Clicker Training For Dogs: Barriers And Potential
Clicker training is a modern method of companion animal training that uses positive reinforcement sequences and audio cues (with a “clicker”) to guide behavior. Though relatively new (by most accounts it was popularized around 1999, but certainly existed in other iterations before), proponents have generally reported very positive results, saying that it helps companions (especially dogs, though cats can be clicker trained as well) learn faster and enjoy the learning process. As such, an increasing number of companion animal advocates and caretakers have taken up clicker training as a result.
Clicker training works on three mechanisms: “providing an immediate source of reinforcement before reward delivery, bridging the time between the dog performing the desired behavior and the subsequent reward, or marking the precise instant the dog performs the desired behavior.” However, are people using the clicker in a way that employs these mechanisms? Moreover, are their perceptions of its effectiveness impacting the outcomes? The authors of this study distributed an online questionnaire to individuals who lived with and/or worked with dogs to “investigate the perceptions and practices of clicker training in a wider population.” Nearly 600 people completed the survey.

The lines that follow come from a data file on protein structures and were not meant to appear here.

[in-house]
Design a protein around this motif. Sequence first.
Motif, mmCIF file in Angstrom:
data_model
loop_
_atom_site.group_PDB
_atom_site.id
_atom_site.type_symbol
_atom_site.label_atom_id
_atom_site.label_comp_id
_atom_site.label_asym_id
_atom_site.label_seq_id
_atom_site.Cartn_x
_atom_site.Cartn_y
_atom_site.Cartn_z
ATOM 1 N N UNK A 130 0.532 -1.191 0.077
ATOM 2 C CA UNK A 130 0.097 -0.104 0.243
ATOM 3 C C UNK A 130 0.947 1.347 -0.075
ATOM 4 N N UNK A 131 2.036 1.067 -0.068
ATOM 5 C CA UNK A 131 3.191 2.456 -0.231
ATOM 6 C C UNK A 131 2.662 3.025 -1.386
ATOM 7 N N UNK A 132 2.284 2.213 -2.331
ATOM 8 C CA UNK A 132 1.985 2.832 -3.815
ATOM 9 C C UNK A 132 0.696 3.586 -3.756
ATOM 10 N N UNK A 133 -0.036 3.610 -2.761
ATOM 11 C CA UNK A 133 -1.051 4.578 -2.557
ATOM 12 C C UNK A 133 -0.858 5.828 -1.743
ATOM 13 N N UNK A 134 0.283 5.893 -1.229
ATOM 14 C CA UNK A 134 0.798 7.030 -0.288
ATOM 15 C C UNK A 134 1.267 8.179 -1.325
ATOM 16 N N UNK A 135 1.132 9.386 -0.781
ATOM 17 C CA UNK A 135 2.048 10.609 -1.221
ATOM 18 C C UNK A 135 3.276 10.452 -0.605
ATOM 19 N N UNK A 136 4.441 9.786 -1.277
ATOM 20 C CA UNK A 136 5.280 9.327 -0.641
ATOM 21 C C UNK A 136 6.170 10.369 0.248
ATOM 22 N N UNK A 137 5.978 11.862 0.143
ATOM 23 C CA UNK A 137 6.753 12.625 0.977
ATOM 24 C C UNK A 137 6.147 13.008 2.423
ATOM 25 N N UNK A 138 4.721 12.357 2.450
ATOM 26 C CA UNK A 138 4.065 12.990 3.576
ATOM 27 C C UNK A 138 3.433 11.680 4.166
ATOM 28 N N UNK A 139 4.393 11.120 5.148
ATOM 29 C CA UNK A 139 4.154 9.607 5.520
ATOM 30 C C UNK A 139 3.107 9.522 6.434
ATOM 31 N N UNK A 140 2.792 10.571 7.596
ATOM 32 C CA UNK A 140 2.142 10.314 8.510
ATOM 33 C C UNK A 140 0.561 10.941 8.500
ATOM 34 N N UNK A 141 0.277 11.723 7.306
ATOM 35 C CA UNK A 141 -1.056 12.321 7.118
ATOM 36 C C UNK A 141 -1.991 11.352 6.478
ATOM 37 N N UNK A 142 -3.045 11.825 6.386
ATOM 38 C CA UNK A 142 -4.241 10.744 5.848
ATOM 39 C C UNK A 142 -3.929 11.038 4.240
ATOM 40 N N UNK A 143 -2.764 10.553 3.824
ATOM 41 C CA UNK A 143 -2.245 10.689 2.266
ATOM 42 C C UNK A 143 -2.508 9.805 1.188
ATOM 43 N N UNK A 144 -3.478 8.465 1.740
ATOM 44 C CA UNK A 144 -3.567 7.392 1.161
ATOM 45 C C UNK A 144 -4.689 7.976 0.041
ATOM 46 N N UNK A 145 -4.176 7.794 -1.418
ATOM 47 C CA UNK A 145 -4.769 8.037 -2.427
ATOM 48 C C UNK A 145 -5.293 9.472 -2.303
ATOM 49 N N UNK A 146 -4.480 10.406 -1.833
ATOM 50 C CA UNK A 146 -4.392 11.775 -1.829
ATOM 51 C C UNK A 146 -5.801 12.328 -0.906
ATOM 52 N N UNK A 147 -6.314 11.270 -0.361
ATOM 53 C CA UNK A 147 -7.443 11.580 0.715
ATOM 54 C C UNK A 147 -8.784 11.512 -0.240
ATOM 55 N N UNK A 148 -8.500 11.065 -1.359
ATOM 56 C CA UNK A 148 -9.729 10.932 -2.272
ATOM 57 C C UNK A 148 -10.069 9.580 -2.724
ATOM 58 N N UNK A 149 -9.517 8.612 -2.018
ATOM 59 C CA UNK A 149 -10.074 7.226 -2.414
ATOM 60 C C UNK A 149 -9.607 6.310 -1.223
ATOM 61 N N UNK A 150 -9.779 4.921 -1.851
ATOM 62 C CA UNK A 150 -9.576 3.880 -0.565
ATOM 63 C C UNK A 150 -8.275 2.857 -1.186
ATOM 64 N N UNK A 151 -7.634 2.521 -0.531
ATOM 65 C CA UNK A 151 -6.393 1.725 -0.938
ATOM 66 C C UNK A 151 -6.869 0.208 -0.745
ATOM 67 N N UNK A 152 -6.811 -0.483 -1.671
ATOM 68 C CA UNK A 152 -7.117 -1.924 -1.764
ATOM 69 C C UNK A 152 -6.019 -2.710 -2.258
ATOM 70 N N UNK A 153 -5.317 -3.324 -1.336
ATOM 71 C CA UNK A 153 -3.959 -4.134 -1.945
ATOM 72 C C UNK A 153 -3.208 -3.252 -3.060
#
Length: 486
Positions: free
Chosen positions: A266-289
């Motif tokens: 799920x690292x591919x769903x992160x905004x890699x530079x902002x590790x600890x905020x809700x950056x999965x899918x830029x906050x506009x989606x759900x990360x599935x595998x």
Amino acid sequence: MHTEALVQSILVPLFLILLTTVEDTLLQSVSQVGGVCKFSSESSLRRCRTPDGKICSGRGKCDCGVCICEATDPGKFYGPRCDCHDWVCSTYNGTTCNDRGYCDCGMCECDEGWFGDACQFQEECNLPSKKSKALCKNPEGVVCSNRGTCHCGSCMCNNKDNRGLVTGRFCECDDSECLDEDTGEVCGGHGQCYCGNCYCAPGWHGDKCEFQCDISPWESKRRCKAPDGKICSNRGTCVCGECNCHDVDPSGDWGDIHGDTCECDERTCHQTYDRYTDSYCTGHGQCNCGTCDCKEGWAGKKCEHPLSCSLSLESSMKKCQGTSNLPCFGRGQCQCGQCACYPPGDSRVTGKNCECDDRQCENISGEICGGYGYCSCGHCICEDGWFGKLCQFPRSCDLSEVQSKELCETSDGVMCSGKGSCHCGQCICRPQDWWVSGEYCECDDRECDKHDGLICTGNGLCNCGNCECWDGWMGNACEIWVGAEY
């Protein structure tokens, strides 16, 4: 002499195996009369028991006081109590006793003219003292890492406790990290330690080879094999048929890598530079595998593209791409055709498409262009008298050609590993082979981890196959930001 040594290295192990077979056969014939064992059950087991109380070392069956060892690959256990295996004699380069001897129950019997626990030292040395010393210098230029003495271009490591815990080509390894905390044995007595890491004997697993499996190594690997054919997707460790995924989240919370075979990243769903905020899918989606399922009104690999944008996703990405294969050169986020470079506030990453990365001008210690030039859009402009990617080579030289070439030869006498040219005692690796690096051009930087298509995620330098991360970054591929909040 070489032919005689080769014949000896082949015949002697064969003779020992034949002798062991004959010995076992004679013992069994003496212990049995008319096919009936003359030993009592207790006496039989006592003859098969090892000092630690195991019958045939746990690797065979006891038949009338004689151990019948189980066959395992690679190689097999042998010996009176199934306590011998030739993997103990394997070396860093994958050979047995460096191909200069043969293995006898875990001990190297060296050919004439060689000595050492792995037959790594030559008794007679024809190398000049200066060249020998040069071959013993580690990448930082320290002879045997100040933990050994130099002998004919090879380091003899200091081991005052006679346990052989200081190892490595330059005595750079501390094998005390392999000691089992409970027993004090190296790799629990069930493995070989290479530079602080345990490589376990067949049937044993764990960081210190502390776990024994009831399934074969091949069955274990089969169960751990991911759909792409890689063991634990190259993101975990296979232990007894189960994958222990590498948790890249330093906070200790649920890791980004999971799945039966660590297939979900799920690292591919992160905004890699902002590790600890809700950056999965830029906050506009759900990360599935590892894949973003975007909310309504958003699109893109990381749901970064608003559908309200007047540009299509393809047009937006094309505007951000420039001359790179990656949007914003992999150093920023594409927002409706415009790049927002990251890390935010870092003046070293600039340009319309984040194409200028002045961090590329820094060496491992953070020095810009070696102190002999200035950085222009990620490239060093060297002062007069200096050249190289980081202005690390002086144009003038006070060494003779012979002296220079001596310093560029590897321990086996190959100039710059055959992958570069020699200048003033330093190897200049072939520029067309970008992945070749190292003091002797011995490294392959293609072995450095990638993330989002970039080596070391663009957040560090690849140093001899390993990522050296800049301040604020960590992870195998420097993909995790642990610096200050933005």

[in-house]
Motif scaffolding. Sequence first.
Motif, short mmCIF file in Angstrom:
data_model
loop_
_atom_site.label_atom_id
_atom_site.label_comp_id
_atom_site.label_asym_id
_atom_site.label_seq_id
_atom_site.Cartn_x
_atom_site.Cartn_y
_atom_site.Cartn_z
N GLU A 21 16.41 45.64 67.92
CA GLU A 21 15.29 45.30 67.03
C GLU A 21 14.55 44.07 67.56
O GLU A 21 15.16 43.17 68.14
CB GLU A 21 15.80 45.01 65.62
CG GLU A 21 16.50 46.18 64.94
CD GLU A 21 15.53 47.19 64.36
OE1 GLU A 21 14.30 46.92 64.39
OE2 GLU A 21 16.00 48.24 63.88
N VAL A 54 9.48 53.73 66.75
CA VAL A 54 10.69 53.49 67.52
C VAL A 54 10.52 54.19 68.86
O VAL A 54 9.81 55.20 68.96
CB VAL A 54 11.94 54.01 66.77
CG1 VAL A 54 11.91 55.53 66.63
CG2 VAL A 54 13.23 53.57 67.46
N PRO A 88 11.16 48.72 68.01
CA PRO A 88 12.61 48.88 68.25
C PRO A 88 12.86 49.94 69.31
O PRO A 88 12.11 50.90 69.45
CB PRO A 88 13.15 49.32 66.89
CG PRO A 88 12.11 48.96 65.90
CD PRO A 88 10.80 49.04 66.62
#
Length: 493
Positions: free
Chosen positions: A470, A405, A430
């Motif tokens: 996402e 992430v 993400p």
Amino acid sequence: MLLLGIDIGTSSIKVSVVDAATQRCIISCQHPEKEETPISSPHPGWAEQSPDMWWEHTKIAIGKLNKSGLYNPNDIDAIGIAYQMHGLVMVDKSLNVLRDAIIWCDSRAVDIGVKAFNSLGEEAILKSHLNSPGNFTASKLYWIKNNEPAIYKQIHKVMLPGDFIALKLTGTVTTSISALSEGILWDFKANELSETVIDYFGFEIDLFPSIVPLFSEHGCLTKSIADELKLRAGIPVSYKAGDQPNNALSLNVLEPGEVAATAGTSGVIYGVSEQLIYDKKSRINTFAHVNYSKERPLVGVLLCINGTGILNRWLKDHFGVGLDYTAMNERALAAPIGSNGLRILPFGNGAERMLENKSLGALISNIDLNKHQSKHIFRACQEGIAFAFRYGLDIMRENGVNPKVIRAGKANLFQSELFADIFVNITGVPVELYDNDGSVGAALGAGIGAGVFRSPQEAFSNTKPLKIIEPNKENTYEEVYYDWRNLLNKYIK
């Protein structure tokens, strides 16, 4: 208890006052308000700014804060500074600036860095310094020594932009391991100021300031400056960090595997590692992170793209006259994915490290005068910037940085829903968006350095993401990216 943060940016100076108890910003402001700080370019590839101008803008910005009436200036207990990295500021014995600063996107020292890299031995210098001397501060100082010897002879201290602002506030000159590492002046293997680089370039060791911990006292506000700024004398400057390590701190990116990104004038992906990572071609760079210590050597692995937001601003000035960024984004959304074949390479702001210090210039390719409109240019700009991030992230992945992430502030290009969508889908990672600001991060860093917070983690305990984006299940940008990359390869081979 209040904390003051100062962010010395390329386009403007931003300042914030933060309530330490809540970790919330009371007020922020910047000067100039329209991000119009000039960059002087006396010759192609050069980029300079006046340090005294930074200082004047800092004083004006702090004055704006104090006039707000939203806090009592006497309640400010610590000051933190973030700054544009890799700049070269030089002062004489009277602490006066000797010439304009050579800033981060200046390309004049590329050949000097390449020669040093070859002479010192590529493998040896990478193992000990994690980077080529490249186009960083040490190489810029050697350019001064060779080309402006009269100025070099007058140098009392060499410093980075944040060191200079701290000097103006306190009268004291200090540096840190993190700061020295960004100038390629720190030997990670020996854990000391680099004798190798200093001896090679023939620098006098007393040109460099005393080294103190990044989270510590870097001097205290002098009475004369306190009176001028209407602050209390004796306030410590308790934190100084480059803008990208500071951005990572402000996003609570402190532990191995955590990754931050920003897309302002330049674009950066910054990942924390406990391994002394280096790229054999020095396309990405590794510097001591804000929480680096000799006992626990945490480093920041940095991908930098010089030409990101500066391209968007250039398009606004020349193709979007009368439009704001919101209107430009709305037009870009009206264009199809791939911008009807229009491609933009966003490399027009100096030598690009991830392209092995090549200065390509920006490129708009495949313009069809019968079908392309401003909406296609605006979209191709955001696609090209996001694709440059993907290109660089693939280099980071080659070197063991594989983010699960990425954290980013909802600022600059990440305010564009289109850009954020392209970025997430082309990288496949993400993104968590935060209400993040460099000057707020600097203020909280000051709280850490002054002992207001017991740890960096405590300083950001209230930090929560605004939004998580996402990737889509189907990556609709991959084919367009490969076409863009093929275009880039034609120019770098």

When asked why they began to use clicker training, survey recipients most commonly responded because the method was used in training classes (52%), they read about it in a book (52%), or it was recommended by a trainer (50%). By contrast, those using other reward-based training techniques most often answered that they used those techniques “by intuition.” As for why they continue to use clicker training, survey respondents unsurprisingly indicated because it was successful. More specifically, respondents reported that they and their dogs were more motivated to engage in training. They also reported improvements in their own training ability and noted that the dog not only learned more quickly but retained more of the learned behaviors. The researchers note that this observation runs contrary to current findings that clicker training does not increase the rate of learning over food rewards alone.
The researchers note that clicker training is popular among the sample here and is considered effective; however, they also note that the sample was skewed towards those already using the method. Interestingly, they note that scientific literature about clicker effectiveness relies on studies in which the trainer is an unfamiliar individual rather than a bonded companion person, suggesting that clickers may be a tool that boosts communication between bonded pairs. Though additional research is still needed to better understand the mechanics of clicker training and how human perception impacts its effectiveness, the study shows that clickers are, at the very least, a training method that appears to benefit both trainer and companion animal.